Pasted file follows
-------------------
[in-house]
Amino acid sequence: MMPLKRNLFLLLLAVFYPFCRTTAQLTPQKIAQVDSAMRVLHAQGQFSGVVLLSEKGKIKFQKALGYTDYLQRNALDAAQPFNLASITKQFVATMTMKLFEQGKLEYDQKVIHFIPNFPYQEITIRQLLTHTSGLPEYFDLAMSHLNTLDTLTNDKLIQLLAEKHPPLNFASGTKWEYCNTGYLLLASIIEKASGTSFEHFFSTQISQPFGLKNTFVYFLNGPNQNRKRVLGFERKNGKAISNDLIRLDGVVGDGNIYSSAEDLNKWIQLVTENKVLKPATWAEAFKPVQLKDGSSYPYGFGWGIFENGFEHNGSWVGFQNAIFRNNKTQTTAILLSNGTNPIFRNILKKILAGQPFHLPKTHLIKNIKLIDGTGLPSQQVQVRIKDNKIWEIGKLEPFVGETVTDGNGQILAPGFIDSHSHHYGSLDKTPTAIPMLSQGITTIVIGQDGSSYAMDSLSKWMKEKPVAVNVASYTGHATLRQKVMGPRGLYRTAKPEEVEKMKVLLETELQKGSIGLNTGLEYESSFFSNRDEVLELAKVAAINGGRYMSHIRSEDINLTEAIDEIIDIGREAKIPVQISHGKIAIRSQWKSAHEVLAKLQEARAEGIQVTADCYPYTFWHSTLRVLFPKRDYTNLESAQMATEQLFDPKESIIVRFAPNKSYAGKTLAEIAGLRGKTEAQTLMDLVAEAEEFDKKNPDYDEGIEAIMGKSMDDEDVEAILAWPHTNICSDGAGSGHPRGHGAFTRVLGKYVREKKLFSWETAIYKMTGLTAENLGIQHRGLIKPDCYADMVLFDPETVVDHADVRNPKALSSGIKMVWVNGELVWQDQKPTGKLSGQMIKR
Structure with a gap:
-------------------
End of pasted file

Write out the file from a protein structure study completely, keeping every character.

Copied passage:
[in-house]
Amino acid sequence: MMPLKRNLFLLLLAVFYPFCRTTAQLTPQKIAQVDSAMRVLHAQGQFSGVVLLSEKGKIKFQKALGYTDYLQRNALDAAQPFNLASITKQFVATMTMKLFEQGKLEYDQKVIHFIPNFPYQEITIRQLLTHTSGLPEYFDLAMSHLNTLDTLTNDKLIQLLAEKHPPLNFASGTKWEYCNTGYLLLASIIEKASGTSFEHFFSTQISQPFGLKNTFVYFLNGPNQNRKRVLGFERKNGKAISNDLIRLDGVVGDGNIYSSAEDLNKWIQLVTENKVLKPATWAEAFKPVQLKDGSSYPYGFGWGIFENGFEHNGSWVGFQNAIFRNNKTQTTAILLSNGTNPIFRNILKKILAGQPFHLPKTHLIKNIKLIDGTGLPSQQVQVRIKDNKIWEIGKLEPFVGETVTDGNGQILAPGFIDSHSHHYGSLDKTPTAIPMLSQGITTIVIGQDGSSYAMDSLSKWMKEKPVAVNVASYTGHATLRQKVMGPRGLYRTAKPEEVEKMKVLLETELQKGSIGLNTGLEYESSFFSNRDEVLELAKVAAINGGRYMSHIRSEDINLTEAIDEIIDIGREAKIPVQISHGKIAIRSQWKSAHEVLAKLQEARAEGIQVTADCYPYTFWHSTLRVLFPKRDYTNLESAQMATEQLFDPKESIIVRFAPNKSYAGKTLAEIAGLRGKTEAQTLMDLVAEAEEFDKKNPDYDEGIEAIMGKSMDDEDVEAILAWPHTNICSDGAGSGHPRGHGAFTRVLGKYVREKKLFSWETAIYKMTGLTAENLGIQHRGLIKPDCYADMVLFDPETVVDHADVRNPKALSSGIKMVWVNGELVWQDQKPTGKLSGQMIKR
Structure with a gap: